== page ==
Introduction: Wooden Bed Headboard
A requested birthday present.
Step 1: The Inspiration
For her birthday, my wife wanted a wooden head board to put behing our king size bead. She found several she liked by searching "Google Images". I picked one that didn't look to difficult an tried to think of the material I needed and what I already had on hand. This birhtday present was going to be a bit more involved than just picking up a gift card at Wal-Mart.
Step 2: The Plans
I made some measurements of the bed width and height, the knee wall height and skecthed some simple plans as the idea began to formulate. This helped me to decide on what material and how much of it to purchase.
Step 3: The Material
I decided to make the headboard from Pine to save a little money and because it is available and easy to work with. I purchased what I needed from my local Menards store. Some tongue and groove car siding, a select 5/4 board, a couple select 1x4, and a few pieces of moulding.
Step 4: The Process
I used two glued together 1X4s as posts. I cut 3 pieces to the length I needed then ripped one in half, to the post would form an "L" This gave me an attachment point for the tongue and groove panels. I cut the T&G panels to the length I needed then assembled them, laying them between the L shaped posts. Once they were square, I clamped them together using a long bar C-clamp and a pipe clamp. The panel assembly was then glued and screwed to the back of the posts with 1-1/4" drywall screws. I glued some extra scrap wood behind the panels at the post to give some extra stength. I routed the inside edge of the posts with a 5/32" Roman Ogee bit and the outside edge with a 1/2" round over bit.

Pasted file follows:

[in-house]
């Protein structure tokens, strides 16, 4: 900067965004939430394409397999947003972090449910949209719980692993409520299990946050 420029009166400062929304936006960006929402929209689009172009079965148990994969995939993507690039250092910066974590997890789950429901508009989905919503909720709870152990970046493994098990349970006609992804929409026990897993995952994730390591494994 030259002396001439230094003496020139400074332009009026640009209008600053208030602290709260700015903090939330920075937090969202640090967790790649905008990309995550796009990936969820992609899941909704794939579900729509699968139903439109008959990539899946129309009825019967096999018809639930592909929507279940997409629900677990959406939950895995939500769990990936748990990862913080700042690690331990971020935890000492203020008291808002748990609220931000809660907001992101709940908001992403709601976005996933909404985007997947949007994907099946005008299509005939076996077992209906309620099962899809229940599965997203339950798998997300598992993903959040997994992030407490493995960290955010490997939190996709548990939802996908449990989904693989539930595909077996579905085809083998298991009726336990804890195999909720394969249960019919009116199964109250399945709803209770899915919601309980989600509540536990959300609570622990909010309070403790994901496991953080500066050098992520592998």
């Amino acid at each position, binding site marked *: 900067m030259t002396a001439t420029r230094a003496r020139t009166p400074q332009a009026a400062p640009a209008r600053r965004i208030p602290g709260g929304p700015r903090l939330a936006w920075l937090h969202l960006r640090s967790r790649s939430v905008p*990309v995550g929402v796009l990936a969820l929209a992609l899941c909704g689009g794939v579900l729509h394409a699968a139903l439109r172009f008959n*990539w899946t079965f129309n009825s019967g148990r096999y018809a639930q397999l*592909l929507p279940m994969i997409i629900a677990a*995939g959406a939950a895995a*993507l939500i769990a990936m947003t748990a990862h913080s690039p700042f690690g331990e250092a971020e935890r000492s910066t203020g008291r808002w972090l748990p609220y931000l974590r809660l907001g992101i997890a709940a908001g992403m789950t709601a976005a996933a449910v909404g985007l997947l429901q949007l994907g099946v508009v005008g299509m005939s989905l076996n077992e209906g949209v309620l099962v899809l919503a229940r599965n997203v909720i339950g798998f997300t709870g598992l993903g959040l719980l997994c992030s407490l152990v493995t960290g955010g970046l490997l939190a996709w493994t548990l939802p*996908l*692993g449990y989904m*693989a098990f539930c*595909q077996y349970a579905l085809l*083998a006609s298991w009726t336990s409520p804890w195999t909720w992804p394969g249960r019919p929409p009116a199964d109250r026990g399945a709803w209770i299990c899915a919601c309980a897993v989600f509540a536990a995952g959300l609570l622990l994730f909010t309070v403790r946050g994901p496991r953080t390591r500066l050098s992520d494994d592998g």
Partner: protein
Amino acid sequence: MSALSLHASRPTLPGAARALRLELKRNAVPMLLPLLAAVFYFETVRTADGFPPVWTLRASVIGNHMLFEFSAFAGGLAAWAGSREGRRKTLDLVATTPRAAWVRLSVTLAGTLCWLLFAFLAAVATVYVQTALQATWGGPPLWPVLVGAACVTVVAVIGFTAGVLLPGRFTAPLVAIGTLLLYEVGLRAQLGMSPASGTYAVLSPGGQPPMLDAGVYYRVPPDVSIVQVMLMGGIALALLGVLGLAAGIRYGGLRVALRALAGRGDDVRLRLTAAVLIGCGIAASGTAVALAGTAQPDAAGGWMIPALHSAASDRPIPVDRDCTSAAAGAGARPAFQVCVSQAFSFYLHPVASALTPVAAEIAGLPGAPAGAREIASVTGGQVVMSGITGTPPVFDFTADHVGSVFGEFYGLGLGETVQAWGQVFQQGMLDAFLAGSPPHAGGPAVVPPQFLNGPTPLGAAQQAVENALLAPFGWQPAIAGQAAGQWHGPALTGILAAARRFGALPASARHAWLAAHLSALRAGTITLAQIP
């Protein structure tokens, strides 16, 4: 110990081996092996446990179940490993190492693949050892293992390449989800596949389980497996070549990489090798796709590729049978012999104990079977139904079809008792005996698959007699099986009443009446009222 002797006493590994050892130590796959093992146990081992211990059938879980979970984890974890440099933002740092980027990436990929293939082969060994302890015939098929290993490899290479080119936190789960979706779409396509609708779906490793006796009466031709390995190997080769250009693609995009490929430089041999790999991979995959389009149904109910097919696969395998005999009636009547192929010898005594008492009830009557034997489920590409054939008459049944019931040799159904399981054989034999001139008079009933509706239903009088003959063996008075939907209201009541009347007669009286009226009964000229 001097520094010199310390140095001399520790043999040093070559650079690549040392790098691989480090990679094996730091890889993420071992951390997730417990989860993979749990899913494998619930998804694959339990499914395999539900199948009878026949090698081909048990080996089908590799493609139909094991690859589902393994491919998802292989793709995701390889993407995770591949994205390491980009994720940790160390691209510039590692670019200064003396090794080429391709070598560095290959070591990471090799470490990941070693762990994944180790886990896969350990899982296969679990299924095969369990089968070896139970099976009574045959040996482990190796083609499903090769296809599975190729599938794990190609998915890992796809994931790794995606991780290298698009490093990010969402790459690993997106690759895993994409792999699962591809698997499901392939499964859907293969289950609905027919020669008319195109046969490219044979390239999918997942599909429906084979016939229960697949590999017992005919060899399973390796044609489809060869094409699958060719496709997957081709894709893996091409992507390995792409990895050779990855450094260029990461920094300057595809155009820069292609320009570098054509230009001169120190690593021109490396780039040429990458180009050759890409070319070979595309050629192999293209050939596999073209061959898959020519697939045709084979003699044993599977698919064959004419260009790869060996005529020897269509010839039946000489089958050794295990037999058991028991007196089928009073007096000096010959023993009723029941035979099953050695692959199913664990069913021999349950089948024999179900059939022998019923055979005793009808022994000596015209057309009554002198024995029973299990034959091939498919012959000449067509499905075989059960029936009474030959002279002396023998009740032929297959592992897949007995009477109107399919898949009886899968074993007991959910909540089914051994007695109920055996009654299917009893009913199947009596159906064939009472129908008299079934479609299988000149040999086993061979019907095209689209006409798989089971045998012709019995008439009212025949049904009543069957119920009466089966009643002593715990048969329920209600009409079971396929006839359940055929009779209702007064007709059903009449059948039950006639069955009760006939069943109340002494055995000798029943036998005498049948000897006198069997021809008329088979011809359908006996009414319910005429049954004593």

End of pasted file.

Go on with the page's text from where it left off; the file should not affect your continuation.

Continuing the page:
Next I cut and glued on the 3/8" Mull molding at the top of the panel assembly. I screwed and glued another length of scrap wood along the top and in back of the panel assembly to give the top board more support. Then I cut the 5/4" thick board to length and routed the outside top and bottom edges with a 1/2" round over bit. The top board was then screwed and glued to the panel/post assembly using small head finishing screws.
The last step was to nail on the shoe moulding between the mull moulding and the top board.
I use a Random Orbital sander with 120 Grit to sand the flat surfaces and hand sanded the small detail.
NOTE: This headboard will be against a wall so the back appearance was not a consideration.
Step 5: The Tools
You can pick out most of the tools I used from the photo but here is a list:
Dirll and bits for holes and screw driving
Random Orbital Sander
Router and bits
large Carpenters square
metal yard stick for straight edge
Step 6: The Stain
To try and match the photo used for inspiration, I stained the headboard with one coat of a mixture of Minwax stains I had left over from previous projects. It was odd proportions of English Chestnut (the most), Golden Oak, with a splash of Colonial Maple and Ebony. I was glad I didn't run out because it would have been impossible to duplicate. After about an hour, I use a rag to wipe off any excess stain.
Step 7: The Finish
To seal it and make the color stand out I applied 3 coats of Minwax Fast Drying Satin Polyurethane with a foam brush after letting the stain dry overnight. After the first coat dried, which took about 8 hours due to humidity, I light sanded with steel wool. An dust was then removed with a tack cloth. I applied two more coats, the third was applied after the second had dried but was still tacky.
Step 8: The Installation
Then next day when the poly urethane was dry I place the headboard behind the bed against the wall. No mounting was required, the bed keeps it pressed against the wall.
The entire project took about a day, not accounting for stain and varnish drying times.